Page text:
Should you focus on money or service to others?
Which priority makes you more successful in the real world?
Dan Kennedy believes the right mindset is to see yourself in the “money-getting business”. Not the jewellery business, not the book publishing business, but in the money-getting business. I’ve come to trust the man when he speaks of success…
On the MFCEO podcast, however, Gerard Adams and Andy talk about how your efforts crumble if you’re only in it for the money, that a much more powerful priority is impact, growth, and serving others.
So which is it? Does prioritising profit make you a greedy douchebag, or a pragmating business-person on your way to greatness?
The trick is this: Both money and service to others can be prioritised at the same time.
How? Because they don’t really overlap. They’re very different things.
It’s like being asked to choose between your brain or your heart. Which is more important? You need both! And the health of one strengthens the other. Same thing with money and service.
The Money Game
Imagine LeBron James wasn’t into basketball because of the love of the game, the joy of winning, or the raw challenge of peak performance.
Imagine if he was in it because he really liked putting balls through hoops.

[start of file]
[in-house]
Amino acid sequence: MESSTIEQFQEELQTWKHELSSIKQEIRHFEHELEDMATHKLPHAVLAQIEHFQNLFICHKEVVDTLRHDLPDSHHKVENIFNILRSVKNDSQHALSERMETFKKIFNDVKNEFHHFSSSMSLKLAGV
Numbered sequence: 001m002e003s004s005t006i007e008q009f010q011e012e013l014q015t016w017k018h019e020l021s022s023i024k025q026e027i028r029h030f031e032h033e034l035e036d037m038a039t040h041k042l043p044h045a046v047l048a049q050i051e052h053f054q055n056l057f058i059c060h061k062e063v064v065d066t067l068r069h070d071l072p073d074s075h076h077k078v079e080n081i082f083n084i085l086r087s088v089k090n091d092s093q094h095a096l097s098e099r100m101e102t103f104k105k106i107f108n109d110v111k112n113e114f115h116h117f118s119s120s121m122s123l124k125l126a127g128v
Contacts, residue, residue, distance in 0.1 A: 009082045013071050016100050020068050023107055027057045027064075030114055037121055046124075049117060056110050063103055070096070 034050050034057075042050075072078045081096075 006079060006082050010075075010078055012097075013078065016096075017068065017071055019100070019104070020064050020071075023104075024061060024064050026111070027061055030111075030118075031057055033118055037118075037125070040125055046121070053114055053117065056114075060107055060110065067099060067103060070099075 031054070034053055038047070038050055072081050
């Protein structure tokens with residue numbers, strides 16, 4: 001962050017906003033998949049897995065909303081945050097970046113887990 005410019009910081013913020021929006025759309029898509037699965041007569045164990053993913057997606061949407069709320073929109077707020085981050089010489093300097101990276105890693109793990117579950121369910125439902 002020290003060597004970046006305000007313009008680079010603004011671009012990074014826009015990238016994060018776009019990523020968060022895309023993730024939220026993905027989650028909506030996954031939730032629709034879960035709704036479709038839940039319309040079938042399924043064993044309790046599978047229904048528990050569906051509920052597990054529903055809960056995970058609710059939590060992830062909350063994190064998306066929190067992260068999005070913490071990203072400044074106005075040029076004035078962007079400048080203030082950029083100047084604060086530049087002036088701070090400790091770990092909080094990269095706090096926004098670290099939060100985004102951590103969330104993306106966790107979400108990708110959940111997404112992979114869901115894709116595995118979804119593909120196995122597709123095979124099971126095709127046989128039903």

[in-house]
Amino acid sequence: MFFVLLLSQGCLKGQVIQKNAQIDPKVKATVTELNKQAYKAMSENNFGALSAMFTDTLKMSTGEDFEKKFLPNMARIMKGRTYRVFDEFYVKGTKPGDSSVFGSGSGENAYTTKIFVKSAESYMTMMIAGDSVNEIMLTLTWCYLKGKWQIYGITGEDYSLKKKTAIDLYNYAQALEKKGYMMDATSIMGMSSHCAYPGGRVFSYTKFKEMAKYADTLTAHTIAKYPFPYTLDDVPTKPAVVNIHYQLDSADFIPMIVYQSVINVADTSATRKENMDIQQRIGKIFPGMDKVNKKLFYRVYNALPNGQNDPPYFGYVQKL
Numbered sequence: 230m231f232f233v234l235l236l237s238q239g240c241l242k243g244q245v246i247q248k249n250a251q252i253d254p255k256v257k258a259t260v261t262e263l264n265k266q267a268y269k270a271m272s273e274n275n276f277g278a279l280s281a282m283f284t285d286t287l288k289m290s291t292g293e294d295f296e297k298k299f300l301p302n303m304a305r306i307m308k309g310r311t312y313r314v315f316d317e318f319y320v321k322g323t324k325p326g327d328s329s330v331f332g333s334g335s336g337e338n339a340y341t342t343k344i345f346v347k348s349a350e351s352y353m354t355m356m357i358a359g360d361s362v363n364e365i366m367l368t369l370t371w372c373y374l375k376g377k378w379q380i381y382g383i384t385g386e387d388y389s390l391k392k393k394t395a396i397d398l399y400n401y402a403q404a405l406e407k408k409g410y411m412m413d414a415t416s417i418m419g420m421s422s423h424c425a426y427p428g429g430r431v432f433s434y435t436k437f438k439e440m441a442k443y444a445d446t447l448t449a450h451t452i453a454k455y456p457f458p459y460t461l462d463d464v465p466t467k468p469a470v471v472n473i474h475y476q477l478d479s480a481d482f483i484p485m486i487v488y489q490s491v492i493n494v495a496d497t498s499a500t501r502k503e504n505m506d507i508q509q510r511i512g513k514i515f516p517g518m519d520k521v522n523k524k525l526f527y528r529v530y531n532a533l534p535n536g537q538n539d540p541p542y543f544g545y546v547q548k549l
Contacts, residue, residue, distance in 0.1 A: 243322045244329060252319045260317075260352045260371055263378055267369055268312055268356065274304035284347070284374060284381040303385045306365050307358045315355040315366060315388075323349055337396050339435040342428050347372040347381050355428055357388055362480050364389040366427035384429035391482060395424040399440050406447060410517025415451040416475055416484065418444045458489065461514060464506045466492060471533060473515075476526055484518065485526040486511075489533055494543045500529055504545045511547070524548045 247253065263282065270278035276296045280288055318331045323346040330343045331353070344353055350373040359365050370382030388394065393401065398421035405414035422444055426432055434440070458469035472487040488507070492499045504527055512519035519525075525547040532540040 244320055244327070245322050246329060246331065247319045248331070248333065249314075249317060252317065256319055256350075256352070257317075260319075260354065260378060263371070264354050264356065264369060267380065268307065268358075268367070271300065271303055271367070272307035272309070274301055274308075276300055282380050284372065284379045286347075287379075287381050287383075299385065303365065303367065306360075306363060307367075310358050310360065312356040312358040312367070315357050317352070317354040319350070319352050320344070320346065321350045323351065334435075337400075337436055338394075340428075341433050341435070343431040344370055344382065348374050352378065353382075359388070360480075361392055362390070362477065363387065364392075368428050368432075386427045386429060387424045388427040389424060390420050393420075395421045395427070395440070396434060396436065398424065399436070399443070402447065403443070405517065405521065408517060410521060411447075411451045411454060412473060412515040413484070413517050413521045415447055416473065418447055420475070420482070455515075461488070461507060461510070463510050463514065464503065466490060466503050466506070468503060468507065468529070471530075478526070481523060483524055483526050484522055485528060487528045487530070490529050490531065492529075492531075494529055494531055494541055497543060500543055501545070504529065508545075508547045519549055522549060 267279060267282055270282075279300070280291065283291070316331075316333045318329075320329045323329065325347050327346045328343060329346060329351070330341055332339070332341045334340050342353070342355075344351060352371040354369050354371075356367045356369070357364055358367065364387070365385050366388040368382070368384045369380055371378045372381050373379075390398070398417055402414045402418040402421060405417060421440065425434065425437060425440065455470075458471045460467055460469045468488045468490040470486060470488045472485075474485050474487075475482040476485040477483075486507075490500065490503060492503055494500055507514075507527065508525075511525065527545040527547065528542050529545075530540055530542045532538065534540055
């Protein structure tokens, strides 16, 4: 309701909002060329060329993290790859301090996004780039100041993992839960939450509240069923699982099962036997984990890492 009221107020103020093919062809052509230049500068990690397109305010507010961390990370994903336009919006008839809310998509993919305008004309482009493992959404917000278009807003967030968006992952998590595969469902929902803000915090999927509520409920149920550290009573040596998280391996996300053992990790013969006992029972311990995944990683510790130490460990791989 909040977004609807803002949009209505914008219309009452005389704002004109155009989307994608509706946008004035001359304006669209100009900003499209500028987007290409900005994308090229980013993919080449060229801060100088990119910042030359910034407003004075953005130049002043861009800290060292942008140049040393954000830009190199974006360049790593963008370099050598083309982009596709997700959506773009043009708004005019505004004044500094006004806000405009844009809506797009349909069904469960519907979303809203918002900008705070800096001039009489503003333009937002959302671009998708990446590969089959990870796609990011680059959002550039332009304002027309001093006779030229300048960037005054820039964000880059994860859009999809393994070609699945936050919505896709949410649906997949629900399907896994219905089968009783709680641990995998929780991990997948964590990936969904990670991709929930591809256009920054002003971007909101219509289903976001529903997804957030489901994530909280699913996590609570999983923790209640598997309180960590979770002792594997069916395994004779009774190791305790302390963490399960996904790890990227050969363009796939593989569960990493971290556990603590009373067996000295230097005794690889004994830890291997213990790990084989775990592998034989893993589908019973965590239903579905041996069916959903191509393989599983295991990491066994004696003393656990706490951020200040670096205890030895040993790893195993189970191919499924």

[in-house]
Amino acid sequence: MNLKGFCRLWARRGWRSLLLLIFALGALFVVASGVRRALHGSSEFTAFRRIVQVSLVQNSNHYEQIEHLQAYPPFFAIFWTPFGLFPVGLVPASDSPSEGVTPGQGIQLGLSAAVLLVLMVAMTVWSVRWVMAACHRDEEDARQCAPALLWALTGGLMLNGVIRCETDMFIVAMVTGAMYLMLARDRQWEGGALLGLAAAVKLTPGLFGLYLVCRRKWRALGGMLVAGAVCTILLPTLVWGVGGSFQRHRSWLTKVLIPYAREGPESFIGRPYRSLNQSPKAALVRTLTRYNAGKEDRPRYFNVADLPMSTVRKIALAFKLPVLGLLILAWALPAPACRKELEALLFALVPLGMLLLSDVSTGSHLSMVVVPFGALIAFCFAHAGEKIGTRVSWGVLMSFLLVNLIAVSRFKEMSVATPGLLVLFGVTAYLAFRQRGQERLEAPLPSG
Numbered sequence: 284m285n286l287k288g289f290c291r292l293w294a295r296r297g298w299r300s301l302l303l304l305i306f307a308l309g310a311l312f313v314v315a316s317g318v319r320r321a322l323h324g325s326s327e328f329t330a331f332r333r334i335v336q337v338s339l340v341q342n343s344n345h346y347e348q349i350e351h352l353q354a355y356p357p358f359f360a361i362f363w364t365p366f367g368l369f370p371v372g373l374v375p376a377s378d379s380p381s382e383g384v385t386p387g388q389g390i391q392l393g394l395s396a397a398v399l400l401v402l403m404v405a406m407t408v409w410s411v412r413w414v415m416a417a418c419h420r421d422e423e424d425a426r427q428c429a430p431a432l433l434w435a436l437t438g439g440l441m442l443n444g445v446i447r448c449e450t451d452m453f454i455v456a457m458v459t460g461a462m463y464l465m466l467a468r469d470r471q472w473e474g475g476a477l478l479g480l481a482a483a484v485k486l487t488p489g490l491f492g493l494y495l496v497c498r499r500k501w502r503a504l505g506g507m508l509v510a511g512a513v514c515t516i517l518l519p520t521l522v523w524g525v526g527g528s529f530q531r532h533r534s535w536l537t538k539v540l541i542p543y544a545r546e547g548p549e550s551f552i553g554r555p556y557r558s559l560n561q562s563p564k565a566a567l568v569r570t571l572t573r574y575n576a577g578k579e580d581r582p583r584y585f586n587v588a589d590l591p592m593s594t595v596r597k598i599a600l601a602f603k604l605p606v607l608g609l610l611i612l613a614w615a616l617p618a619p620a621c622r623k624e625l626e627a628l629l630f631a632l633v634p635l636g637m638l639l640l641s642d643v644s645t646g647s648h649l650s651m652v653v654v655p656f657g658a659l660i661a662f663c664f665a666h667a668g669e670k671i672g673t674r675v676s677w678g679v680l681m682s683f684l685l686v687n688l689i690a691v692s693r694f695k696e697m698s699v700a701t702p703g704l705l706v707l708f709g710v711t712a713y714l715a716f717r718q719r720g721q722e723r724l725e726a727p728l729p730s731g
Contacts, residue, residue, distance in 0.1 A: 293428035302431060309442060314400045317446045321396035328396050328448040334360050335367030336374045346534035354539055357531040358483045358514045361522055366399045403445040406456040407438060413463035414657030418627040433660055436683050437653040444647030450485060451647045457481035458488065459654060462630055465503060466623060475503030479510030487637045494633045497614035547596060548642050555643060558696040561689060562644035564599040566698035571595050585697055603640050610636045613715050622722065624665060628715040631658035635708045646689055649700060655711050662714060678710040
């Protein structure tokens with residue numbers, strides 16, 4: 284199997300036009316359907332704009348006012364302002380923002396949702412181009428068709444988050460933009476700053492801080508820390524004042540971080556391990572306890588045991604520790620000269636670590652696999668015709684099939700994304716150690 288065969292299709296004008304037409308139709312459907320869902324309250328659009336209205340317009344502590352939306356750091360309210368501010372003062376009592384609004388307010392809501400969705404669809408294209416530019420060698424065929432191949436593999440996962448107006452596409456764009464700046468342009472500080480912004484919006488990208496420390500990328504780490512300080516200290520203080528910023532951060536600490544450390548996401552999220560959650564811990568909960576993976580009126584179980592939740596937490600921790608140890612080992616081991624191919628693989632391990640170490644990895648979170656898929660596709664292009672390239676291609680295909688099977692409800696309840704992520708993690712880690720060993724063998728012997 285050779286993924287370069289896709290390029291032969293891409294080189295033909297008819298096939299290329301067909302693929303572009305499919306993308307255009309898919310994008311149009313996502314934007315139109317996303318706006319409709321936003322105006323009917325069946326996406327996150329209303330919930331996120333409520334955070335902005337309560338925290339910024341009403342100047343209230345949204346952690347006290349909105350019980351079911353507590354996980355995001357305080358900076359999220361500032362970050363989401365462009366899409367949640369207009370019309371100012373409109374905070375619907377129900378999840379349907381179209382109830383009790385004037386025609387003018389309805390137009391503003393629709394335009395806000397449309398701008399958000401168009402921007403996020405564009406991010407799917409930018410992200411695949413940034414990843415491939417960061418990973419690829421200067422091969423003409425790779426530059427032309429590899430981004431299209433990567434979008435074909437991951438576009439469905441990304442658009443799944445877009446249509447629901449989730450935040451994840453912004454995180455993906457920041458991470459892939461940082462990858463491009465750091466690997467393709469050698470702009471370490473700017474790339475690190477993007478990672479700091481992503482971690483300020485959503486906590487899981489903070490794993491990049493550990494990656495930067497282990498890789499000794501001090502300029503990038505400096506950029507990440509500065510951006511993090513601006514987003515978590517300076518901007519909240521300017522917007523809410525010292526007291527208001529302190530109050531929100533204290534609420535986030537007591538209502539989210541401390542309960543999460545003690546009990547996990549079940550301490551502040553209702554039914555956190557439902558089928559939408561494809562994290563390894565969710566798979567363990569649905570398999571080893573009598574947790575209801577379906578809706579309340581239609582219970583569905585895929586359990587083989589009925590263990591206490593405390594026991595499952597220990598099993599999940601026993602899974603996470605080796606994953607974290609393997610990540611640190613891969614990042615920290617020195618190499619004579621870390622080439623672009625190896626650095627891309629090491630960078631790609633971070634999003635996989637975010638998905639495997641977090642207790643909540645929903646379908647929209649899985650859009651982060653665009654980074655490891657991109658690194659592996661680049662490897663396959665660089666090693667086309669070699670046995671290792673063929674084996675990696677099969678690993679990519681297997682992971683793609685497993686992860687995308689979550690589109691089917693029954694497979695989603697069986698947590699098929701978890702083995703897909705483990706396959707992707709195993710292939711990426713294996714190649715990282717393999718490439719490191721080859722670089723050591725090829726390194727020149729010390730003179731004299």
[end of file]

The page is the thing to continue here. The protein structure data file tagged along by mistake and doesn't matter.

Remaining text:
He was at home as a kid, dropping a little ball through a bent loop of wire over and over for hours. One day, when he was older, he learned he could do that for a living! He was overjoyed!
Of course not.
In sports, it’s obvious. Of course athletes care more about actually scoring than about the thing-you-do-to-score.
In business, though, it’s not so clear.
Why is it difference? – Because you can’t take goals to the bank. You cannot buy a dinner for two with 60 “balls gone through hoops”. Therefore, this “mixup” is never an issue for sportspeople. But it comes up all the time in business, precisely because the point scoring system of the game of business - money - is so valuable in its own right.
Obsess Over Profits, AND Impact
LeBron is obsessed with getting as good as he can at putting balls through hoops because it is the scoring system of the game he’s chosen to master. He prioritises that at the same time as he prioritises all the “right” things, like love of the game, of winning, and of achieving excellence.
If you have chosen to master the game of business, then your scoring system is profit. End of.
You can play a great game with good form, and get talked about in the commentary box (by building a great culture, making interesting things, etc etc), but the actual scoreboard is in your business’s books.
The truth is, being utterly focused on making as much money as you can will support your commitment to making an impact and creating value through business. Just as LeBron’s focus on scoring goals supports his commitment to basketball.
Train yourself in the skills of money-getting.
Be obsessed with honing those skills, like LeBron is obsessed with his, because this is the game you’ve chosen.